Supporting The Children’s Society
The Children’s Society, previously the Church of England Children’s Society, helps vulnerable children of all faiths and no faith including those at risk on the streets, young refugees, disabled, young carers and those within the youth justice system.
Last year The Children’s Society reached more than 23,000 children through its children’s centres and programmes. To quote their website: ‘We defend, safeguard and protect the childhood of all children and young people throughout the UK through our network of programmes and services’.
See below for details on some of these programmes and services.
St Mary’s has been supporting the Children’s Society for many years now by individual collecting boxes and our annual carol singing. We currently have 22 people with collecting boxes and raise between £200-£300 per year from these. It would be good to have some more people involved so if you would like a box please let me know.
My email is [email protected] & my phone number is 07956 655037. Box donations and individual donations can be gift aided and I have forms for this.
UPCOMING EVENTS AND FUNDRAISING:
During October and November we will have a display of Christmas Cards you can order to support the charity. This is now up at the back of the church so please look at these and consider supporting these children. Order forms are on the table.
Christingle Service – Sunday 7th December, 3pm
Our service this year will be on Sunday 7th December at 3pm. Asi will be preparing the content of the service, we will be giving collecting ‘candles’ to the children in advance and will need people to help assemble about 100 Christingles on the Saturday! Please let me (Libby) know if you can help.
Christingle means ‘Christ’s Light’ and it is a symbol of the Christian faith. Lots of churches hold Christingle services around Christmas time. The custom of giving out lighted candles in these services originates from the Moravian Church in Germany in 1747 but they weren’t introduced to the Anglican Church in England until 1968.
Christingles are made up of different parts, each one being there to remind us of something. The orange represents the world whilst the candle is to remind us of Jesus because Christians believe Jesus to be the light of the world. The red ribbon goes all round the ‘world’ and reminds Christians that Jesus died because it represents the blood of Jesus. The four cocktail sticks could have either of two meanings: the four seasons or the four corners of the world. The sweets (or sometimes dried fruit) are to remind us of God’s gifts to the world including kindness and love. The foil, when used, is merely there to catch the waxy drips from the candle and does not have a meaning.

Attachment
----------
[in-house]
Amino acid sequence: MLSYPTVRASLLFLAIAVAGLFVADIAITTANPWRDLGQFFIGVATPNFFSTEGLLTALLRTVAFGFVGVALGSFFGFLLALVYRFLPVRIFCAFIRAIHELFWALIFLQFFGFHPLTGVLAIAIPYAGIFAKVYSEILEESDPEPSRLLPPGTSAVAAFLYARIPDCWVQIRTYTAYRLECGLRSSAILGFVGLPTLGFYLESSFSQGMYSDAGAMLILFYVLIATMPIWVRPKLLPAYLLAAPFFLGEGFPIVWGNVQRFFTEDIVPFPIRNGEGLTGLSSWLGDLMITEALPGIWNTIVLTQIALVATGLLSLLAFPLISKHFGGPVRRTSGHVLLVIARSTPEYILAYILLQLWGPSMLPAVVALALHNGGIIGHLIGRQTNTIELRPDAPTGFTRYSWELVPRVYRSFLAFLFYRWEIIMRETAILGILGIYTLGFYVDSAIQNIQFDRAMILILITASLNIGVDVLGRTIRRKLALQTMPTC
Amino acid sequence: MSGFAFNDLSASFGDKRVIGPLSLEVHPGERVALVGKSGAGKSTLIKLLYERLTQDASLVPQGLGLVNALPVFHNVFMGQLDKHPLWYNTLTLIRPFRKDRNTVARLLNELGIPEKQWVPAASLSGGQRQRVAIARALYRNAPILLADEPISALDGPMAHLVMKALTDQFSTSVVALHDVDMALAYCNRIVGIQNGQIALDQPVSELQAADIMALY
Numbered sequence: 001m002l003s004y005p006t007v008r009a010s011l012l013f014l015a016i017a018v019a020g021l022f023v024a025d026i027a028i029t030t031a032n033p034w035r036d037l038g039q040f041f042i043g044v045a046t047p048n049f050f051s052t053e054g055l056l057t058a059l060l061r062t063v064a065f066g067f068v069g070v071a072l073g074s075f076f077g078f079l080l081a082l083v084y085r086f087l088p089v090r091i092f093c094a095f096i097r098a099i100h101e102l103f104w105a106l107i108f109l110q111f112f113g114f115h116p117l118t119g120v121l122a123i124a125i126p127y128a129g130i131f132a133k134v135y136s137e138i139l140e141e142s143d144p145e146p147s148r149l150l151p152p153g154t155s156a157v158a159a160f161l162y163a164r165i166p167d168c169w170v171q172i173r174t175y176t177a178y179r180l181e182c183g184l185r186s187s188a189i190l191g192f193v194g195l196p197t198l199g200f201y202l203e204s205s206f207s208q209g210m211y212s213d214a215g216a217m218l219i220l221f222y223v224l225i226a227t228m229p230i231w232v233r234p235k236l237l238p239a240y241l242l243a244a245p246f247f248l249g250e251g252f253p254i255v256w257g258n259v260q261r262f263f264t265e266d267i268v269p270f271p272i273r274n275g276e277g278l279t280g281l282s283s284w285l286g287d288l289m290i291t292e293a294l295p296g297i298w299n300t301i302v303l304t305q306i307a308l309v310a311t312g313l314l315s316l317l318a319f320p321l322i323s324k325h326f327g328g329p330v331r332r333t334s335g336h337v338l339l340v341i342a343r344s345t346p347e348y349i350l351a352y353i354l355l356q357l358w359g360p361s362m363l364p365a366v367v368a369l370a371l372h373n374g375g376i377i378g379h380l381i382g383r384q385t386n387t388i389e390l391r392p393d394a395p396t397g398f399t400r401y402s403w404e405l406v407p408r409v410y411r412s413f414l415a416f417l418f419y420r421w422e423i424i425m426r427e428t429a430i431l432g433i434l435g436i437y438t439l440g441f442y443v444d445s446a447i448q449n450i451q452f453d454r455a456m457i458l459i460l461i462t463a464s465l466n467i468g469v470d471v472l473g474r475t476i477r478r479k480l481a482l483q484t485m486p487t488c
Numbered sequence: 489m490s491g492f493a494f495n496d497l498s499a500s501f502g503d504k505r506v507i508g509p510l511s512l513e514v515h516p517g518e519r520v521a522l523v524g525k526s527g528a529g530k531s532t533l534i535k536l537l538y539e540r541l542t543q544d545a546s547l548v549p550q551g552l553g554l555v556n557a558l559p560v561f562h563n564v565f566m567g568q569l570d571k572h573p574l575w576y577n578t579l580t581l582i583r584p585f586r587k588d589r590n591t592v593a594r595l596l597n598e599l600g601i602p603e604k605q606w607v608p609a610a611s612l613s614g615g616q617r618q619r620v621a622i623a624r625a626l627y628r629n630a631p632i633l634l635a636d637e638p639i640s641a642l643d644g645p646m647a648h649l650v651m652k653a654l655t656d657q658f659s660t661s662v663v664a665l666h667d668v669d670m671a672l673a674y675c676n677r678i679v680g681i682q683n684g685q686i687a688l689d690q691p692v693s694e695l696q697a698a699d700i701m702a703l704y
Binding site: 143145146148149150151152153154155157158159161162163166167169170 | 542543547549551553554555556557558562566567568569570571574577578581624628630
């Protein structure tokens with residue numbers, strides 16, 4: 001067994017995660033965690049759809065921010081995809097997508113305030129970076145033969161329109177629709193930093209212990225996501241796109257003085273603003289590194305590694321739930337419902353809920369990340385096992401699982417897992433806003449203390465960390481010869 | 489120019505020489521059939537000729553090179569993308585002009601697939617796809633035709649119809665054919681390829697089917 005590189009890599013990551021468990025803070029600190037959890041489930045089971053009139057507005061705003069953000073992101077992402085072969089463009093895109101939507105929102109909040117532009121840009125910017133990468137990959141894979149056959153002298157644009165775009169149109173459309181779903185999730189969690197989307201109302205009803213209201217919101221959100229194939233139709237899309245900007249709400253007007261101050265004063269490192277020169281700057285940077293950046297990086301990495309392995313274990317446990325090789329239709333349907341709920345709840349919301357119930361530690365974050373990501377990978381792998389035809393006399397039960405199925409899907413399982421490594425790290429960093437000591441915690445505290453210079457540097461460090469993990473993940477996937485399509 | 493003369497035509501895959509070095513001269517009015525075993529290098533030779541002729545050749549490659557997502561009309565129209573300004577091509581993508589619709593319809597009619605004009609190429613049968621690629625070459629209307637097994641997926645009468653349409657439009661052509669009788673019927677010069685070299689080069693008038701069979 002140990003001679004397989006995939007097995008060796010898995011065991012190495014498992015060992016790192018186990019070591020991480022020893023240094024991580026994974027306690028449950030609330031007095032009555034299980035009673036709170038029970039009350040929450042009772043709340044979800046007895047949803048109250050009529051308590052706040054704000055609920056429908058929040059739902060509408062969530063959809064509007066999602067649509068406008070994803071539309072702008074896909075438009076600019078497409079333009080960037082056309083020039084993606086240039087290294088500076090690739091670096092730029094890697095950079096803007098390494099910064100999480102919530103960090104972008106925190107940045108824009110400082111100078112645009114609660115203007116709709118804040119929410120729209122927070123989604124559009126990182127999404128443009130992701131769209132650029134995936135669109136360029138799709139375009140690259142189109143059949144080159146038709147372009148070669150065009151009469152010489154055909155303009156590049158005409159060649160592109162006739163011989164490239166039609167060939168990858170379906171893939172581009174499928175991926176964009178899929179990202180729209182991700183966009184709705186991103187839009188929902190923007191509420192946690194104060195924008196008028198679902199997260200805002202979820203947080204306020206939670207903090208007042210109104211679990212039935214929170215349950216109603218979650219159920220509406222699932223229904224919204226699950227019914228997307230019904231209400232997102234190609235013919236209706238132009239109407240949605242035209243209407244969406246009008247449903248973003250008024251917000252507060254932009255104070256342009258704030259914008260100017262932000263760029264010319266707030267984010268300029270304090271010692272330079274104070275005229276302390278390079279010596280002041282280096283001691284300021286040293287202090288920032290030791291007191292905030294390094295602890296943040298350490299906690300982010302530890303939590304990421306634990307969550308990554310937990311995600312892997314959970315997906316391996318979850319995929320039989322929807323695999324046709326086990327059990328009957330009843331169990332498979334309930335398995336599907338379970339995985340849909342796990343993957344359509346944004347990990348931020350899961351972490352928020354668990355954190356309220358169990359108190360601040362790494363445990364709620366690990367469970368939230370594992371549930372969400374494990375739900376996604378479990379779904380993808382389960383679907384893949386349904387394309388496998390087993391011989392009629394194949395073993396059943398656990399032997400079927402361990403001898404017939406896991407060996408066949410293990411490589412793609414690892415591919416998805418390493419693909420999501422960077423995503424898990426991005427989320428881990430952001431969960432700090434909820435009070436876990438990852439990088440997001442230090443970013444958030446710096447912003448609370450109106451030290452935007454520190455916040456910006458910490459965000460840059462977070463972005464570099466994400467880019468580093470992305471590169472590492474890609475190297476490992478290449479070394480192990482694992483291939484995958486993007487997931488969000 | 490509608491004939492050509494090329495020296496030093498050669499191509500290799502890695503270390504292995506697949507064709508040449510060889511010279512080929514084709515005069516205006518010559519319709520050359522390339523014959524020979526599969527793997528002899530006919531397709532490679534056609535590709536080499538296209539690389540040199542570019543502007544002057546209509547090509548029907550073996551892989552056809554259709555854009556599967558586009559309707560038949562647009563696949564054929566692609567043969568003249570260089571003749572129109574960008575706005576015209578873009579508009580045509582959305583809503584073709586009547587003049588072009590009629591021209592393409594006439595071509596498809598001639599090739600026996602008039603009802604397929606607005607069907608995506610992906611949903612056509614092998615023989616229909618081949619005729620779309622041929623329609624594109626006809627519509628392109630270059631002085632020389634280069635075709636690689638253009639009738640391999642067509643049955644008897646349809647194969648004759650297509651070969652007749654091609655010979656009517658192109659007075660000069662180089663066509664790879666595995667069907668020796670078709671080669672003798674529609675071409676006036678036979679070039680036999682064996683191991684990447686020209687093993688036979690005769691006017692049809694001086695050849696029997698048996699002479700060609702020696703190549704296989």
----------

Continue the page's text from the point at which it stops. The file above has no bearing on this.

Carol singing – Wednesday 17th December, 8.45pm
This takes place around the pubs and restaurants of Battersea Square and Battersea High Street and usually raises over £100 from diners and drinkers. All welcome, meet at church at 8.45pm
Some Programmes and Services provided by The Children’s Society
Our service is an ‘Access to Records’ service, sharing records with those who were either adopted or in the care of The Children’s Society.
We ensure that children in care or in the child protection system have a say in important decisions that are made about their lives.
We are leading the way in developing programmes to identify and support children living in families where parents are affected by drugs or alcohol misuse.
We support children from Gypsy, Roma and Traveller families, as well as refugee and new migrant families.
We support more than 166,000 young carers across the country.
War, persecution and torture force many children to flee to this country by themselves.
Exclusion, ignorance and disrespect mean that many disabled children are allowed little control over their own lives.
We support children when they run away from home or care
Exposed to terrors like bullying, violence and deprivation, it’s not surprising that some children are driven to crime.
We run children’s centres throughout England that support the needs of children under five and their parents or carers.
Through our intergenerational work we aim to improve younger and older people’s experiences of living together in their community.
Helping children feel safe, happy and protected is often about working with the family too.
Pot of Gold and Over the Rainbow, two related initiatives, are ways we involve children and young people in influencing budgetary decision-making and recipients of funding have the opportunity to share their work and show the difference it has made.
The Children’s Society is grateful for every penny that we raise for their vital work with vulnerable children and young people.